Howard Schweber joined the department in Fall 1999. He received his PhD in Government from Cornell University and an MA in History from the University of Chicago after spending five years practicing law in Seattle and San Francisco. Schweber teaches courses focusing on constitutional law and legal and political theory. He is the author of "Democracy and Authenticity" (Cambridge, 2012), "The Language of Liberal Constitutionalism" (Cambridge, 2007), "The Creation of American Common Law"(Cambridge, 2004), and "Speech, Conduct, and the First Amendment" (Peter Lang, 2003) as well as articles, essays and book chapters on a variety of related topics. His current areas of research include comparative constitutional law and democratic theories of representation. In addition to his position in the Political Science Department Schweber is a core faculty member of the Legal Studies program. From 2011 to 2013 he was Visiting Professor and the first Vice Provost for Academic Affairs at Nazarbayev University in Kazakhstan, and in 2012 he was the Australian Fulbright Distinguished Chair in American Politics.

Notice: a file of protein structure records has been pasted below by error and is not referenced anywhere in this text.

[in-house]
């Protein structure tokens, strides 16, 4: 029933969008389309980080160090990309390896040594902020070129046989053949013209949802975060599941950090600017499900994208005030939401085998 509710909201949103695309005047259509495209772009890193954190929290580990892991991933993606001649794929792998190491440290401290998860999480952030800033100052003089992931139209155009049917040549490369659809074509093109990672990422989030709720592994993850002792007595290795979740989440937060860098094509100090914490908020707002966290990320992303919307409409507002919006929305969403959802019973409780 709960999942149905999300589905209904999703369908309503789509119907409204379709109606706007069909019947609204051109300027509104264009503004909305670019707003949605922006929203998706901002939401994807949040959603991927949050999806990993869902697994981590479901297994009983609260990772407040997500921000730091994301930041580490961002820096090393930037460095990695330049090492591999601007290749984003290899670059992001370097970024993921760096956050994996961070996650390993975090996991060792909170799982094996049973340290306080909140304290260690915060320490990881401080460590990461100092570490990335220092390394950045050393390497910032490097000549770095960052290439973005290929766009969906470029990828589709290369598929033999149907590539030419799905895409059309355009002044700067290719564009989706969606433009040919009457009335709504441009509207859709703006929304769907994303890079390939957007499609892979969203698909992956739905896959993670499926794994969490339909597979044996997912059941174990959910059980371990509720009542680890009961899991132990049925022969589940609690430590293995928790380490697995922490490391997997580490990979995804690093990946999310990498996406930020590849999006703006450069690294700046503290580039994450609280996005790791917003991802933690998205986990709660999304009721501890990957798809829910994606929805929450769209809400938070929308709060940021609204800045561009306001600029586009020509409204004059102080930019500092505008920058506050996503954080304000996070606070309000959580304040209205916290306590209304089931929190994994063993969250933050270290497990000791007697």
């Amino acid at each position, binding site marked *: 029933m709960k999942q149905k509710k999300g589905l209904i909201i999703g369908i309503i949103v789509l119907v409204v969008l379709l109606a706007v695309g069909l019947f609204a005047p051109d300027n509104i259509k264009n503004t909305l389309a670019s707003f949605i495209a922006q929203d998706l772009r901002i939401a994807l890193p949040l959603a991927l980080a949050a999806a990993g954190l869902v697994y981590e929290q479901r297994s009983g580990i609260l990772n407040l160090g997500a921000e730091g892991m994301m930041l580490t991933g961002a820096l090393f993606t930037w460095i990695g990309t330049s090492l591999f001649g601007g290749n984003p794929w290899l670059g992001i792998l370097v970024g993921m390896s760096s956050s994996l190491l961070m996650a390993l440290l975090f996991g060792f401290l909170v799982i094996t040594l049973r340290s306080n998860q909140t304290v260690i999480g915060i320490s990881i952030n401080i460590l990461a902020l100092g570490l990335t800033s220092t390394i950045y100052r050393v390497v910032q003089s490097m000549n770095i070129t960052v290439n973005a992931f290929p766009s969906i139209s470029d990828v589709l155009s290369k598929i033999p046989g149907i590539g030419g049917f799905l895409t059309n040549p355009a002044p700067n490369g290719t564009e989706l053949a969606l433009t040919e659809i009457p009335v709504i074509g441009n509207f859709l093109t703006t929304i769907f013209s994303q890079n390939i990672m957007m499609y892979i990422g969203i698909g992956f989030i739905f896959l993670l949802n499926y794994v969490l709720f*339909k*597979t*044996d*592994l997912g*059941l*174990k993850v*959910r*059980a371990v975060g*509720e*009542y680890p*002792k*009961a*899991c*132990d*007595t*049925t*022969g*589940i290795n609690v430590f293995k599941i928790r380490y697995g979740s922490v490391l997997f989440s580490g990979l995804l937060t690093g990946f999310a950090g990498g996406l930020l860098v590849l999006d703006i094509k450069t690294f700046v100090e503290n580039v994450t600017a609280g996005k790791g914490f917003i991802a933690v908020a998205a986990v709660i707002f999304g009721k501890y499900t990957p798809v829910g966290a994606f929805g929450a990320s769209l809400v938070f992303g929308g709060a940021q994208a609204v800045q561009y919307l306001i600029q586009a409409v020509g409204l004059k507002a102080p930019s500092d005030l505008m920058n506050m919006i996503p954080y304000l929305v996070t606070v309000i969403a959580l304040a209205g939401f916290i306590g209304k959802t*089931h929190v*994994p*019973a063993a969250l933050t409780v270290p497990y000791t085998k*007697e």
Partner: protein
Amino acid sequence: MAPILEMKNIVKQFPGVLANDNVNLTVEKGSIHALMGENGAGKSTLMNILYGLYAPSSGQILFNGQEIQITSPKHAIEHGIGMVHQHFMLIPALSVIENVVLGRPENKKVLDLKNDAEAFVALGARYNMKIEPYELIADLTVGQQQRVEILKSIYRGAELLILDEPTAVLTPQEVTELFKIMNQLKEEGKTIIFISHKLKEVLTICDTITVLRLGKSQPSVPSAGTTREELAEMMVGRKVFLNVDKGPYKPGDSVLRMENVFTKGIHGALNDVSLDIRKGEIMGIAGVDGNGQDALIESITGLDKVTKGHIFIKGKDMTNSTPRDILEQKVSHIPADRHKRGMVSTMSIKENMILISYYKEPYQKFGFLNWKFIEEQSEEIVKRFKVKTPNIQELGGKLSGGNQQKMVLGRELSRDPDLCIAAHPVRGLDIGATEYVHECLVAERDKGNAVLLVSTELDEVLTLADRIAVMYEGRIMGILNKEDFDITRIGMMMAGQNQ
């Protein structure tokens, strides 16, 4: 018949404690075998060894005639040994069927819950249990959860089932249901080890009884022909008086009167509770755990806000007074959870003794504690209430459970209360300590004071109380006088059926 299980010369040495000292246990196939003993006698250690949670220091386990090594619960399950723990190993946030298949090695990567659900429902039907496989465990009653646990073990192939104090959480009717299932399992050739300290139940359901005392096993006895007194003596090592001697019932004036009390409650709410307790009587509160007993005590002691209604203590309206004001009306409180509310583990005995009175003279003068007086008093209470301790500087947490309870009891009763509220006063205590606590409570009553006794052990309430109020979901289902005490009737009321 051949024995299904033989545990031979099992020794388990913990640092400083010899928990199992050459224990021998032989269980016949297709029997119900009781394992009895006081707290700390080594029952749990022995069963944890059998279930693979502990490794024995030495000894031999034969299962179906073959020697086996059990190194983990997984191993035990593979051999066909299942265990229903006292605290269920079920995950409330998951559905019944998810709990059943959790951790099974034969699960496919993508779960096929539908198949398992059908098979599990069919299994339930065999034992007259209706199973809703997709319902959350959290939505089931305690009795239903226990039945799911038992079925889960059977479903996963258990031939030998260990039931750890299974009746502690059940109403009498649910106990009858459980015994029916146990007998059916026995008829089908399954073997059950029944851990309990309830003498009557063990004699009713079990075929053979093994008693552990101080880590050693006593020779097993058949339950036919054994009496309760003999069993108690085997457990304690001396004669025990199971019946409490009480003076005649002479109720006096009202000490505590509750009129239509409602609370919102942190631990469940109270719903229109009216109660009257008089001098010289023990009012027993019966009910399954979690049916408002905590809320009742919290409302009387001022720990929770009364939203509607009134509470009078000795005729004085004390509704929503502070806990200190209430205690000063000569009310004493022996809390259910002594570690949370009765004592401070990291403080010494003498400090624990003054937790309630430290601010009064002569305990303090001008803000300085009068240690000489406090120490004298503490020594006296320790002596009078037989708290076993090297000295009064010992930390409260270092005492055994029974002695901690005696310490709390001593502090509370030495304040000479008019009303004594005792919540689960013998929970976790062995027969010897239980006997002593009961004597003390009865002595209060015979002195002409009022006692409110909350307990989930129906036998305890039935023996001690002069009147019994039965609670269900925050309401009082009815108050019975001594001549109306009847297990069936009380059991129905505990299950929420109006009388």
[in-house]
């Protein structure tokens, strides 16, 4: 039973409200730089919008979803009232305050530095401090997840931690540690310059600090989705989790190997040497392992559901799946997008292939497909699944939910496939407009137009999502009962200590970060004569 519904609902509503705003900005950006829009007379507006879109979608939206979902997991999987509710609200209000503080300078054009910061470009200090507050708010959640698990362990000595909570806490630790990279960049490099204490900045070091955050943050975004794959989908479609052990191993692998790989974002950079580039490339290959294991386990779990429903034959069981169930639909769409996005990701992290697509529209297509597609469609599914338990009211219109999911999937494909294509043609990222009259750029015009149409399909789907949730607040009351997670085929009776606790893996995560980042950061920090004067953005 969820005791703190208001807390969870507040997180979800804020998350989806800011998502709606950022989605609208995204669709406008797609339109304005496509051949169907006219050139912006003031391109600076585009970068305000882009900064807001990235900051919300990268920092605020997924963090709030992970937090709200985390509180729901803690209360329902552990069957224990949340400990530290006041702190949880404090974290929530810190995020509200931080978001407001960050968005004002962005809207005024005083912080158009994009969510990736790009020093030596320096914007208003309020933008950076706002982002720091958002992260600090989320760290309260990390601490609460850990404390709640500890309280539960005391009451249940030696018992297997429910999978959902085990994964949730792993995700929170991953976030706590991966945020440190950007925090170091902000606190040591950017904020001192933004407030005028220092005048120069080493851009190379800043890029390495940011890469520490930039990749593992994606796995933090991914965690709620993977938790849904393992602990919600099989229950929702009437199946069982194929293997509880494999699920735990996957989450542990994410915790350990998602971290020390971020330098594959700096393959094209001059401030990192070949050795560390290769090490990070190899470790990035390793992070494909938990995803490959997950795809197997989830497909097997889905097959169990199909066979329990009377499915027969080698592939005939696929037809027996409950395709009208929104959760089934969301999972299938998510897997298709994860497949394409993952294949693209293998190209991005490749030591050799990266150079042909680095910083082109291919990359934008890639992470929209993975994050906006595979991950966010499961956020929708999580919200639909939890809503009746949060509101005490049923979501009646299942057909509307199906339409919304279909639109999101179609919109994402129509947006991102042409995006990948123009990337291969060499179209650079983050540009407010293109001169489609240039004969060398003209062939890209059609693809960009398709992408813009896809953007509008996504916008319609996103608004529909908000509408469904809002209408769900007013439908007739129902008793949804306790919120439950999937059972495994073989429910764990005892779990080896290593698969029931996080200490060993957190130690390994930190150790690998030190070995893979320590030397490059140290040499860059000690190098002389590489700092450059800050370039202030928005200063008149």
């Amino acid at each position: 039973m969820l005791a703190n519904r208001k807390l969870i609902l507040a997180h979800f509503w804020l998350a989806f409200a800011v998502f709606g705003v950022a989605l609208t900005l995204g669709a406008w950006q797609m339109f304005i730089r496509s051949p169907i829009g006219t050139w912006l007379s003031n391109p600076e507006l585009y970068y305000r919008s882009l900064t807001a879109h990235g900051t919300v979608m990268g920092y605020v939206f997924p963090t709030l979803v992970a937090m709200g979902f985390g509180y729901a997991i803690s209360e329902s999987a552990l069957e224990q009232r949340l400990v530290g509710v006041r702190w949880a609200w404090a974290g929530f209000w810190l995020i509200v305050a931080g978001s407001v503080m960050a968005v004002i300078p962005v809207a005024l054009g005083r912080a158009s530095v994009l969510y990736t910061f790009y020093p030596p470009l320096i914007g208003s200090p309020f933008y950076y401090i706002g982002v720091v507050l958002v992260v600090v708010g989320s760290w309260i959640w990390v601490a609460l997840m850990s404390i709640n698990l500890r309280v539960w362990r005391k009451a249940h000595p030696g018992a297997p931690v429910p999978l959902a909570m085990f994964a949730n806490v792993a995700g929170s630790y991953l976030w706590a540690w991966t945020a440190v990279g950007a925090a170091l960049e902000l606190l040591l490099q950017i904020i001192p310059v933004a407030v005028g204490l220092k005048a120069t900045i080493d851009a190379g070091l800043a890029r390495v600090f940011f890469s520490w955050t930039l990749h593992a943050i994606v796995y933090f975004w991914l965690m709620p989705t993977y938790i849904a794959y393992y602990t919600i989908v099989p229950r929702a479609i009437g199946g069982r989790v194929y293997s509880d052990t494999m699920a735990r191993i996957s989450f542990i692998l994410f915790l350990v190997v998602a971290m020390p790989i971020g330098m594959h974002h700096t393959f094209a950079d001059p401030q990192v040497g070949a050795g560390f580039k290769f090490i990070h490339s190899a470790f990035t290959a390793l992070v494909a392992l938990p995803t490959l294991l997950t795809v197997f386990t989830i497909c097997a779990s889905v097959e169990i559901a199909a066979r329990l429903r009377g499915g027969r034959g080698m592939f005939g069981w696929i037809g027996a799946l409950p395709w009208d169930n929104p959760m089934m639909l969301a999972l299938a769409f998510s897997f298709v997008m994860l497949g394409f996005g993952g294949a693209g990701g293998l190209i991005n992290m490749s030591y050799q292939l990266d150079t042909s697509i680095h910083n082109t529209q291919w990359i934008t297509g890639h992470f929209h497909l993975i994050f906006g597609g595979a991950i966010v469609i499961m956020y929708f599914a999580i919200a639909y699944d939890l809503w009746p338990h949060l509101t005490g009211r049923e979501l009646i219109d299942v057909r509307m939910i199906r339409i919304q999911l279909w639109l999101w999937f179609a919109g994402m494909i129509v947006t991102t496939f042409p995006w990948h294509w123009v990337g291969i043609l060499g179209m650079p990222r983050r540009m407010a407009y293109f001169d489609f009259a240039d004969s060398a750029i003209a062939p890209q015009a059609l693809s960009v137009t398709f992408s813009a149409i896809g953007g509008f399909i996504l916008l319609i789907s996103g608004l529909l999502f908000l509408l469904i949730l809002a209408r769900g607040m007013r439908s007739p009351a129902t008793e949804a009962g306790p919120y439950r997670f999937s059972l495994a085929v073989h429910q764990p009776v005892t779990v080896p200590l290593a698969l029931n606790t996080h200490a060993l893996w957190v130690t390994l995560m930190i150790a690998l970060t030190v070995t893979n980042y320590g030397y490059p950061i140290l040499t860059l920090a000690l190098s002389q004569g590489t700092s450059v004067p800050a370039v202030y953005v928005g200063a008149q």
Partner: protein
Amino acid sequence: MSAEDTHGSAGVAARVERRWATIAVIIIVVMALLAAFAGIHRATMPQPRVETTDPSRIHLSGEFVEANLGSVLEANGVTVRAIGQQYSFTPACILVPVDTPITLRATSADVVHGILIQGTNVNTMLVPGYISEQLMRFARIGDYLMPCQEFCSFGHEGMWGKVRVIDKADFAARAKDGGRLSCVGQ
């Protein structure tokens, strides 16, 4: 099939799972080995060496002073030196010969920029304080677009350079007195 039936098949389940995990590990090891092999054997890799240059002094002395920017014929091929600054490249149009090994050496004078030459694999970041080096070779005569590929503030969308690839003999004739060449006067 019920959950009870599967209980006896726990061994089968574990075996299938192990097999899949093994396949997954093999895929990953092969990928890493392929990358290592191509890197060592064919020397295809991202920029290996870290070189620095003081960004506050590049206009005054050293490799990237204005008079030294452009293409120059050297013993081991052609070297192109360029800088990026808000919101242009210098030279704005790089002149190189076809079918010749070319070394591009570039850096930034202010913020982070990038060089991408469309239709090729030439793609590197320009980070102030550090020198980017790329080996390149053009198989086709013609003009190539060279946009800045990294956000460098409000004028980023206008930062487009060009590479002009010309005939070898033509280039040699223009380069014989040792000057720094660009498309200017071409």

Schweber is a regular guest on Wisconsin radio and gives frequent newspaper, radio, and television interviews in the local, national, and international press. He is also a contributing blogger at Huffingtonpost.com and an occasional guest blogger on other sites, and a frequent public speaker both on and off campus. Schweber was previously the faculty advisor and coach for the UW College Mock Trial Team and is currently the advisor for "Sifting and Winnowing," Wisconsin's undergraduate politics and law journal. In 2004 he was the recipient of the William H. Kiekhoffer Award for Distinguished Teaching. He has also twice been selected as the Pi Sigma Alpha Professor of the year, and has received numerous other teaching awards while at Wisconsin. Earlier, while a graduate student at Cornell University, Schweber received the Stephen and Marjorie Russell Award for Outstanding Teaching, the highest award for teaching at any level awarded by the College of Arts and Sciences.